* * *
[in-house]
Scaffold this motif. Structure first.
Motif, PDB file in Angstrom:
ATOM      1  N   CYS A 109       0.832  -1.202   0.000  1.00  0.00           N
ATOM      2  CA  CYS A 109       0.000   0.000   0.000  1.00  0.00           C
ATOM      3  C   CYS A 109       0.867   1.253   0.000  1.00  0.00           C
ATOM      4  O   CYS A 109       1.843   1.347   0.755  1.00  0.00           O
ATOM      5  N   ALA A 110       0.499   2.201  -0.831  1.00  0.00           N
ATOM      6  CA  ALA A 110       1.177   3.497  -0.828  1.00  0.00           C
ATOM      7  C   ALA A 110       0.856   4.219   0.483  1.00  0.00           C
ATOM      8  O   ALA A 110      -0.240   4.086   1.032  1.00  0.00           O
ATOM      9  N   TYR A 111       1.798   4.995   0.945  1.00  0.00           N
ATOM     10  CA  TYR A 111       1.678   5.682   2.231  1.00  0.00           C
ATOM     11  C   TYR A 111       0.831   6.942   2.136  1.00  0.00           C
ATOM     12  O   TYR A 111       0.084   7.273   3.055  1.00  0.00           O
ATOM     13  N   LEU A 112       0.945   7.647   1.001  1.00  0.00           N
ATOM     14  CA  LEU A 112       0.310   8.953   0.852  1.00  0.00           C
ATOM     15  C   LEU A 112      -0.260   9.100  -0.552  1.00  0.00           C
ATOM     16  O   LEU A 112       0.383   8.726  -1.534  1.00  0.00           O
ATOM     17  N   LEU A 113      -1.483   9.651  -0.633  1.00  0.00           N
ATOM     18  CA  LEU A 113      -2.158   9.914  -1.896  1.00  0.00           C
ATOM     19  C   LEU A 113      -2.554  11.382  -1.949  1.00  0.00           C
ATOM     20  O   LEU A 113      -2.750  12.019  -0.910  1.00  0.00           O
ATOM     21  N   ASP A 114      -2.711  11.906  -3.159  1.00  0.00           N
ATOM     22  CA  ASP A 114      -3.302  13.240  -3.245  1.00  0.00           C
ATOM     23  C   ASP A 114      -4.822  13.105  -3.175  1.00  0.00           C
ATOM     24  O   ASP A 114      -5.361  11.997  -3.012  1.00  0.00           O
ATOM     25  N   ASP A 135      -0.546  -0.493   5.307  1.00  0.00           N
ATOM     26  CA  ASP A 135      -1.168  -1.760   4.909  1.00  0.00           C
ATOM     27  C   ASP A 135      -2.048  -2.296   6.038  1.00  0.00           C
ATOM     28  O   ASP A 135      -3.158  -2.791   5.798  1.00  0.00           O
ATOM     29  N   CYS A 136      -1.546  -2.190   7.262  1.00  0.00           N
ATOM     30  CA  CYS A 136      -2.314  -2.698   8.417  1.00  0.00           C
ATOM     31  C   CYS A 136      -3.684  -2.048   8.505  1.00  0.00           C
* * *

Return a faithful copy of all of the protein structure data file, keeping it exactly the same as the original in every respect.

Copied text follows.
[in-house]
Scaffold this motif. Structure first.
Motif, PDB file in Angstrom:
ATOM      1  N   CYS A 109       0.832  -1.202   0.000  1.00  0.00           N
ATOM      2  CA  CYS A 109       0.000   0.000   0.000  1.00  0.00           C
ATOM      3  C   CYS A 109       0.867   1.253   0.000  1.00  0.00           C
ATOM      4  O   CYS A 109       1.843   1.347   0.755  1.00  0.00           O
ATOM      5  N   ALA A 110       0.499   2.201  -0.831  1.00  0.00           N
ATOM      6  CA  ALA A 110       1.177   3.497  -0.828  1.00  0.00           C
ATOM      7  C   ALA A 110       0.856   4.219   0.483  1.00  0.00           C
ATOM      8  O   ALA A 110      -0.240   4.086   1.032  1.00  0.00           O
ATOM      9  N   TYR A 111       1.798   4.995   0.945  1.00  0.00           N
ATOM     10  CA  TYR A 111       1.678   5.682   2.231  1.00  0.00           C
ATOM     11  C   TYR A 111       0.831   6.942   2.136  1.00  0.00           C
ATOM     12  O   TYR A 111       0.084   7.273   3.055  1.00  0.00           O
ATOM     13  N   LEU A 112       0.945   7.647   1.001  1.00  0.00           N
ATOM     14  CA  LEU A 112       0.310   8.953   0.852  1.00  0.00           C
ATOM     15  C   LEU A 112      -0.260   9.100  -0.552  1.00  0.00           C
ATOM     16  O   LEU A 112       0.383   8.726  -1.534  1.00  0.00           O
ATOM     17  N   LEU A 113      -1.483   9.651  -0.633  1.00  0.00           N
ATOM     18  CA  LEU A 113      -2.158   9.914  -1.896  1.00  0.00           C
ATOM     19  C   LEU A 113      -2.554  11.382  -1.949  1.00  0.00           C
ATOM     20  O   LEU A 113      -2.750  12.019  -0.910  1.00  0.00           O
ATOM     21  N   ASP A 114      -2.711  11.906  -3.159  1.00  0.00           N
ATOM     22  CA  ASP A 114      -3.302  13.240  -3.245  1.00  0.00           C
ATOM     23  C   ASP A 114      -4.822  13.105  -3.175  1.00  0.00           C
ATOM     24  O   ASP A 114      -5.361  11.997  -3.012  1.00  0.00           O
ATOM     25  N   ASP A 135      -0.546  -0.493   5.307  1.00  0.00           N
ATOM     26  CA  ASP A 135      -1.168  -1.760   4.909  1.00  0.00           C
ATOM     27  C   ASP A 135      -2.048  -2.296   6.038  1.00  0.00           C
ATOM     28  O   ASP A 135      -3.158  -2.791   5.798  1.00  0.00           O
ATOM     29  N   CYS A 136      -1.546  -2.190   7.262  1.00  0.00           N
ATOM     30  CA  CYS A 136      -2.314  -2.698   8.417  1.00  0.00           C
ATOM     31  C   CYS A 136      -3.684  -2.048   8.505  1.00  0.00           C